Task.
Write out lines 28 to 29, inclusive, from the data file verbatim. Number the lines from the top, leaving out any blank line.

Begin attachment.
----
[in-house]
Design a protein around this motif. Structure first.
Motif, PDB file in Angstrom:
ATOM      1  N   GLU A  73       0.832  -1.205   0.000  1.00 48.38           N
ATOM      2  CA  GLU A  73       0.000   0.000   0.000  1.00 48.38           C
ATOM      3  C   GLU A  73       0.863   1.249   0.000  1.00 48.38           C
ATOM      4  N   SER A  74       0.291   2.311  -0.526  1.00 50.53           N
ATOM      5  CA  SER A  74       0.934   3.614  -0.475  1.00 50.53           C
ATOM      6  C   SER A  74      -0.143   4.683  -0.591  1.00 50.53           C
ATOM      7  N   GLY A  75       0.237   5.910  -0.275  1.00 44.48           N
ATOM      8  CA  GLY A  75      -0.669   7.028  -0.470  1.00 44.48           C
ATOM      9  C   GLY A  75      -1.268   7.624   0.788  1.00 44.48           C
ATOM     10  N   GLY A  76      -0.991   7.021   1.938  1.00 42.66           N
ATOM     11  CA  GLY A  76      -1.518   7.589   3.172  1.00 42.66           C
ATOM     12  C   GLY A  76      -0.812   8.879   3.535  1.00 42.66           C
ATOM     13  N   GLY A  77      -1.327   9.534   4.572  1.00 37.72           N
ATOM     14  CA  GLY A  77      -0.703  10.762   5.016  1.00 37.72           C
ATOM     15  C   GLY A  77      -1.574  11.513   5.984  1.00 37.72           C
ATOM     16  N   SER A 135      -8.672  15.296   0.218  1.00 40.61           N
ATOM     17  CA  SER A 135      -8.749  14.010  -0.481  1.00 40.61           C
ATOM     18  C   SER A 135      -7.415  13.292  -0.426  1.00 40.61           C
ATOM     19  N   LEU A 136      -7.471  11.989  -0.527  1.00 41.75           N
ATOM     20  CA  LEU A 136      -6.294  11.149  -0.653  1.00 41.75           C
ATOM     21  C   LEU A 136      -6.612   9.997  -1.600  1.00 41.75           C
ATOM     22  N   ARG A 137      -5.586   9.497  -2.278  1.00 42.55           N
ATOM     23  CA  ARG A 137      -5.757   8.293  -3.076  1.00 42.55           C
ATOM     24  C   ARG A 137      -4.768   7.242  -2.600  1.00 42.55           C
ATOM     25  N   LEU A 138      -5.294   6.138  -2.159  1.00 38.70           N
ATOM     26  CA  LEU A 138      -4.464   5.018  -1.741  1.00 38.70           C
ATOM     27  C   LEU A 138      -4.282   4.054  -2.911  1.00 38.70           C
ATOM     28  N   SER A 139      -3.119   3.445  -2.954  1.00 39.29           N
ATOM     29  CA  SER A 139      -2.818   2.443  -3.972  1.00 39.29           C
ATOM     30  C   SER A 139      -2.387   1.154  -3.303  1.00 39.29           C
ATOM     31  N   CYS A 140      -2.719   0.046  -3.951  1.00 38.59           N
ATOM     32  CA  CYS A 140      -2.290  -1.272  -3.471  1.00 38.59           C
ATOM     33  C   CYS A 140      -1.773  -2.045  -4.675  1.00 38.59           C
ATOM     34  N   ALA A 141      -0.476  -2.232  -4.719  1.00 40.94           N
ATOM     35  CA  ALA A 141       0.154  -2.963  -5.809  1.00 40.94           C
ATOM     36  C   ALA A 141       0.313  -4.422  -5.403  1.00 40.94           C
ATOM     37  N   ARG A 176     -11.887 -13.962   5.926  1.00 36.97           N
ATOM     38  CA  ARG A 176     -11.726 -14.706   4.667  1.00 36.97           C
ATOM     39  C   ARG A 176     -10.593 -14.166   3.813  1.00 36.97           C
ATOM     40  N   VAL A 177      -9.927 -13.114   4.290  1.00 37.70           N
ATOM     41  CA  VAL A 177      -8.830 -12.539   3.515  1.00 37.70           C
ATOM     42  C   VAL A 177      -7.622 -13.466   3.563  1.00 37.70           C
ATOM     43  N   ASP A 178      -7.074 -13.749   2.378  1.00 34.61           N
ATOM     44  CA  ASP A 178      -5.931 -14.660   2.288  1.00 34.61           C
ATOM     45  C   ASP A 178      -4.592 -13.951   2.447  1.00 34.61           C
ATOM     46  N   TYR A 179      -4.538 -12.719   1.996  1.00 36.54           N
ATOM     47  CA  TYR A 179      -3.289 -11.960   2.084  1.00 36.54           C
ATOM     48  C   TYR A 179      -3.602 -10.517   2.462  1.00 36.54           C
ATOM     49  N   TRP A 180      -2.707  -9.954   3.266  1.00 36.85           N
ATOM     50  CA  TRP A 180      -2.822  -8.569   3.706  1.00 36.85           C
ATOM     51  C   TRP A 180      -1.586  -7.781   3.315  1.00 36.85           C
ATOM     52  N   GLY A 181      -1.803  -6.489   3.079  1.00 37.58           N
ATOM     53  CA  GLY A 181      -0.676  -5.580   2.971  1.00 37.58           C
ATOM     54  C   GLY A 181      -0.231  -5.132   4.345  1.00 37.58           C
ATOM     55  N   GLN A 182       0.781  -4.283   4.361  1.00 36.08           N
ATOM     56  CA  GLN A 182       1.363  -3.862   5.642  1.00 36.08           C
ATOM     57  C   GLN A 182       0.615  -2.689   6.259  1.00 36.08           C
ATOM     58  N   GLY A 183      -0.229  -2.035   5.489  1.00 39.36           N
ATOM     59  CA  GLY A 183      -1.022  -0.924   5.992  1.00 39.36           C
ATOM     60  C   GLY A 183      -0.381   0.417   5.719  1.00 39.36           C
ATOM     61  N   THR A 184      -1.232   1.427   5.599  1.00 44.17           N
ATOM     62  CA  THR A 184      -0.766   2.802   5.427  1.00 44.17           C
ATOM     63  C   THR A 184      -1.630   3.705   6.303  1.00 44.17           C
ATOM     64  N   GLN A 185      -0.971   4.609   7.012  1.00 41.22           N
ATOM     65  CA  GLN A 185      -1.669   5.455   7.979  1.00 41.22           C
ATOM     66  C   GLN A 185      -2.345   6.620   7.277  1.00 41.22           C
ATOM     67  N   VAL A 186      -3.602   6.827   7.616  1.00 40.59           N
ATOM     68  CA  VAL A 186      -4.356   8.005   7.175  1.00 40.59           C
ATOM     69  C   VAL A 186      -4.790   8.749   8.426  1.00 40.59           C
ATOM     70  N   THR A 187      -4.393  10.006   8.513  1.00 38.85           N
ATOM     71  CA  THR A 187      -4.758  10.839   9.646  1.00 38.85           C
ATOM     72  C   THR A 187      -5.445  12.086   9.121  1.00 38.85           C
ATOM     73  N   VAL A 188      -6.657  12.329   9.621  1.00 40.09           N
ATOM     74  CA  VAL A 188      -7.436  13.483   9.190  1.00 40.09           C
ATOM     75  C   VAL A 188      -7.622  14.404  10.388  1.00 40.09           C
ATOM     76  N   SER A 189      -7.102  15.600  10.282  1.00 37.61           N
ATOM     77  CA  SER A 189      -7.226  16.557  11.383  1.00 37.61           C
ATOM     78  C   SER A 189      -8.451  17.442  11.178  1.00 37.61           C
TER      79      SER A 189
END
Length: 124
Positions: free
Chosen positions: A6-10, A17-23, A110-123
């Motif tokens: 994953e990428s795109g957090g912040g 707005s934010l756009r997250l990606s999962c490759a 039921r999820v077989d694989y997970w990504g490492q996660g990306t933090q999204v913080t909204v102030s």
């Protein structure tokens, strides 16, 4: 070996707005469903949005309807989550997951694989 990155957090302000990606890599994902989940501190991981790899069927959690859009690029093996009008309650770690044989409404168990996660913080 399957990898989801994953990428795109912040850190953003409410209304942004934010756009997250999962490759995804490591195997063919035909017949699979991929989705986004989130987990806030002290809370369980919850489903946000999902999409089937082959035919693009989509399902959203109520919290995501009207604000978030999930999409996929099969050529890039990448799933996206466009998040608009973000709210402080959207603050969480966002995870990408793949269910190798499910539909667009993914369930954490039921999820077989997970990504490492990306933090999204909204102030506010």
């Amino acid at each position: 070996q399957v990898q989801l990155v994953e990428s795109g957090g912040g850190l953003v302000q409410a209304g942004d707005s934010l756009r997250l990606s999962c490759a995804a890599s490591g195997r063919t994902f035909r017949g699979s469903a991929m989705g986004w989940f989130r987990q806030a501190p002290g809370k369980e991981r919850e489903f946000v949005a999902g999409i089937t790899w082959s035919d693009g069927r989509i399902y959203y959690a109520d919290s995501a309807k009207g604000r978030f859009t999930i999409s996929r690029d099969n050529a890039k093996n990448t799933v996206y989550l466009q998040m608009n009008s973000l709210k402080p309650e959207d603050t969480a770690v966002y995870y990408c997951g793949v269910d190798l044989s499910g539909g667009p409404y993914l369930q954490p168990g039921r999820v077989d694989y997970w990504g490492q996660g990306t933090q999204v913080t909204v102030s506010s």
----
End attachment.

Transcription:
ATOM     25  N   LEU A 138      -5.294   6.138  -2.159  1.00 38.70           N
ATOM     26  CA  LEU A 138      -4.464   5.018  -1.741  1.00 38.70           C